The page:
LONDON (Reuters) – A legal bid to prevent British Prime Minister Boris Johnson suspending parliament to stop lawmakers blocking a no-deal Brexit will be heard at a Scottish court next month.
FILE PHOTO: Britain’s Prime Minister Boris Johnson speaks next to Youth Justice Board Adviser Roy Sefa-Attakora during a roundtable on the criminal justice system at 10 Downing Street in London, Britain August 12, 2019. Daniel Leal-Olivas/Pool via REUTERS
A group of about 70 lawmakers from opposition parties are backing a bid to have Scotland’s highest civil court rule that Johnson cannot ask Queen Elizabeth to prorogue, or suspend, parliament before Britain leaves the European Union on Oct. 31.
The case had its first court outing on Tuesday at which the Court of Session decided that a substantive hearing would take place on Sept. 6, said lawyer Jo Maugham from the Good Law Project which is supporting the challenge.
English courts do not sit in August.
Johnson has said Britain will leave the world’s biggest trading bloc on Halloween whether it has a divorce agreement or not and that also remains the legal default position.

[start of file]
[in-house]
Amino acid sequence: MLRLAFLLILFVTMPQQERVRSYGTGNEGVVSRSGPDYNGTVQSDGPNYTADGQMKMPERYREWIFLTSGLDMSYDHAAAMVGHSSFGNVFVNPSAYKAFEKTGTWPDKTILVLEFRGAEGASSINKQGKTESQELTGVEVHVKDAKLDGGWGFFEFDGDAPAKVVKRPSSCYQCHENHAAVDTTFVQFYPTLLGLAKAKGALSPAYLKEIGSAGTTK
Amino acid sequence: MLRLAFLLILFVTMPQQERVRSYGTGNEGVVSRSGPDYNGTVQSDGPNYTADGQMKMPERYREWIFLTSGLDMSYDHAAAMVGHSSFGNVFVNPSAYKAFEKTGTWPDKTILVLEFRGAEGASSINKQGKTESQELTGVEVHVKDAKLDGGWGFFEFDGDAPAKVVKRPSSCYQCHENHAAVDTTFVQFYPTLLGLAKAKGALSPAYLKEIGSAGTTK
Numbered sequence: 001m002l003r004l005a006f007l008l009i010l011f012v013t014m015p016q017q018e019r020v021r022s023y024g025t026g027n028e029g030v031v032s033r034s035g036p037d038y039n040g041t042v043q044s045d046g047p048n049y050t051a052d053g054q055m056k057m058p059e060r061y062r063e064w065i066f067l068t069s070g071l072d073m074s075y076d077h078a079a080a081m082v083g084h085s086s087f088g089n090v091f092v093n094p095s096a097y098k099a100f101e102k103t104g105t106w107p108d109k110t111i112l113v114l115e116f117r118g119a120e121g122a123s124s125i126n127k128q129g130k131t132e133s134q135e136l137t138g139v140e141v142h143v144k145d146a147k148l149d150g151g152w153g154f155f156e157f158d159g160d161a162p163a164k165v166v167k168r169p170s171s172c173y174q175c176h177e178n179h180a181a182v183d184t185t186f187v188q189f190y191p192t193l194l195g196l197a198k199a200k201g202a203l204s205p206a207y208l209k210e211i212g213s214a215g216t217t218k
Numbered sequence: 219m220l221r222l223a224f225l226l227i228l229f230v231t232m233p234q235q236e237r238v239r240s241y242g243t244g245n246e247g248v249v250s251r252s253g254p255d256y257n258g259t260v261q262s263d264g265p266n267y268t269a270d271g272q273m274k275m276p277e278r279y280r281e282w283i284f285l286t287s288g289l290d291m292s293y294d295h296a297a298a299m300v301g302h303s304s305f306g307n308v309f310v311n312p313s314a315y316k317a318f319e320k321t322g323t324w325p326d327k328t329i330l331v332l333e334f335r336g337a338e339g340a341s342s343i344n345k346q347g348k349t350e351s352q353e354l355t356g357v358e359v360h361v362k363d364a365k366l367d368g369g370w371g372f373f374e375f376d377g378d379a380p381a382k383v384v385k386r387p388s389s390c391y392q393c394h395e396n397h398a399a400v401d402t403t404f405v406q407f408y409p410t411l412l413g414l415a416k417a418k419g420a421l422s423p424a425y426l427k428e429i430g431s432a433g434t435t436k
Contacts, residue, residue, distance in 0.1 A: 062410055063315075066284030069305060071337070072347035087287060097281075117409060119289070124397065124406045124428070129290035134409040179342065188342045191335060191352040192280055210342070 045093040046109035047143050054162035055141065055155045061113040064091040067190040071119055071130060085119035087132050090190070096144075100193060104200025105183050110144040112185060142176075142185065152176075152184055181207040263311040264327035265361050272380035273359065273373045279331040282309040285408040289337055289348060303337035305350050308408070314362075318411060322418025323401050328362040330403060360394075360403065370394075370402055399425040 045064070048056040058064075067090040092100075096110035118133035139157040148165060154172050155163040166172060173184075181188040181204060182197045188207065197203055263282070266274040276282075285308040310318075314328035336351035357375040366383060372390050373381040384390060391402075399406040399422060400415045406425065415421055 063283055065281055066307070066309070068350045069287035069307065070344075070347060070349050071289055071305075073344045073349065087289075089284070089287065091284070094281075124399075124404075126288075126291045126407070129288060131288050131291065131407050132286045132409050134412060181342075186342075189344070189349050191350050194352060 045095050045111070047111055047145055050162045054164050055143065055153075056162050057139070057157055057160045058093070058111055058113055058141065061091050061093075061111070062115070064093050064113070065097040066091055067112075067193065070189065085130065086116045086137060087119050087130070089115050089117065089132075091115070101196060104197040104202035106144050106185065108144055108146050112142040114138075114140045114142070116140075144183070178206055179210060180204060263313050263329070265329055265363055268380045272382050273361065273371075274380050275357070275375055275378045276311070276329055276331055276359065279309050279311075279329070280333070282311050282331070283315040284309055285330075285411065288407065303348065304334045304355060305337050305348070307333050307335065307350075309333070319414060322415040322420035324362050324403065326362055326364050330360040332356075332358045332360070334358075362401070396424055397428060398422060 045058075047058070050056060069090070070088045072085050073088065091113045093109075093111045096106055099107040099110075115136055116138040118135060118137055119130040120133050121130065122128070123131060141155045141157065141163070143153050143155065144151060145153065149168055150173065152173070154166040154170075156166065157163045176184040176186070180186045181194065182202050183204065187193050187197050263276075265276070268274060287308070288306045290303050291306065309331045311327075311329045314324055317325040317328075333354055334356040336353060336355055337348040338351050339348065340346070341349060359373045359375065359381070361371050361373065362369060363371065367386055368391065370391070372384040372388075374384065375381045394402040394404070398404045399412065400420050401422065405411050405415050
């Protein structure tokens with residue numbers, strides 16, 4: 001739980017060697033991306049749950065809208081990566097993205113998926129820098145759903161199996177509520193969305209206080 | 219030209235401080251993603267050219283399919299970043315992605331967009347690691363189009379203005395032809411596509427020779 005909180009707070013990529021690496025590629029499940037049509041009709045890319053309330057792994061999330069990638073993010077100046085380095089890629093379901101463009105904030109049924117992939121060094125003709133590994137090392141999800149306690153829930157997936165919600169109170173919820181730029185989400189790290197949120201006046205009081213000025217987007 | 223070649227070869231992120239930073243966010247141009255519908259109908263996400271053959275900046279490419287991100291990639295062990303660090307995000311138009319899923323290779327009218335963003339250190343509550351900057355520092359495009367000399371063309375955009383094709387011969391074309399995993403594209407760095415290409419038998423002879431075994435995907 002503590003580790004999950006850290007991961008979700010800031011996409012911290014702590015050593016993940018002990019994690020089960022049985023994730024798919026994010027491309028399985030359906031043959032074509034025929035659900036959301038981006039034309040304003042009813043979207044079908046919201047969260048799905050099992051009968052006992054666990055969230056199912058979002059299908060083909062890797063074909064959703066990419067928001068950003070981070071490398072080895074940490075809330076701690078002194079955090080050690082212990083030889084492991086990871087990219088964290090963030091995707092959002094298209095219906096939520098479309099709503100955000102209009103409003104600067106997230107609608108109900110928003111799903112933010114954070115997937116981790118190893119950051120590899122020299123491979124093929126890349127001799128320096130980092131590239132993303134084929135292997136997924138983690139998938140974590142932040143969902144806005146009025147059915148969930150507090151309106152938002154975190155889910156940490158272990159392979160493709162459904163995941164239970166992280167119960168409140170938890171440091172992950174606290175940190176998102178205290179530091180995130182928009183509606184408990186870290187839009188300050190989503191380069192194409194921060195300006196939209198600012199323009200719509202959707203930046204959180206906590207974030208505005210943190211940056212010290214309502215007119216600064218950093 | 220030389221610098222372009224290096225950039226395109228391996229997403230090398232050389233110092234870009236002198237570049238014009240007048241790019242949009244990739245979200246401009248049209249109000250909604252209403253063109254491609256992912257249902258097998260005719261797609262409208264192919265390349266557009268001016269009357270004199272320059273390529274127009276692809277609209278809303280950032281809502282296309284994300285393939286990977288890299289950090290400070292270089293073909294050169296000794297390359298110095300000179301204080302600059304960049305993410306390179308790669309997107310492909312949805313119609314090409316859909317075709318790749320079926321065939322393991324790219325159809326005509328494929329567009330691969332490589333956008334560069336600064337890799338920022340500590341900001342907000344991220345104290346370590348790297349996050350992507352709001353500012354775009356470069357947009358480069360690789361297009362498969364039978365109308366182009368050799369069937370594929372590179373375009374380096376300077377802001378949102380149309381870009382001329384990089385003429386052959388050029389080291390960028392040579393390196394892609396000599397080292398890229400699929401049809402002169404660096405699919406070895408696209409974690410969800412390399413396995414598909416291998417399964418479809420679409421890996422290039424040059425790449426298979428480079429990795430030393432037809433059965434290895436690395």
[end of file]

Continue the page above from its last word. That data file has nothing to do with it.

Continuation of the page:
However, a majority of lawmakers in parliament have previously indicated they would not allow a no-deal Brexit.
They have been investigating what parliamentary procedures can be used to prevent such an outcome, and in July backed proposals to make it harder for Johnson to force through any departure without a deal.
In June, House Speaker John Bercow said it was “blindingly obvious” that the prime minister could not sideline parliament.
“That is simply not going to happen,” he said.
“STOP NO DEAL”
However, Johnson, who replaced Theresa May on July 24 aft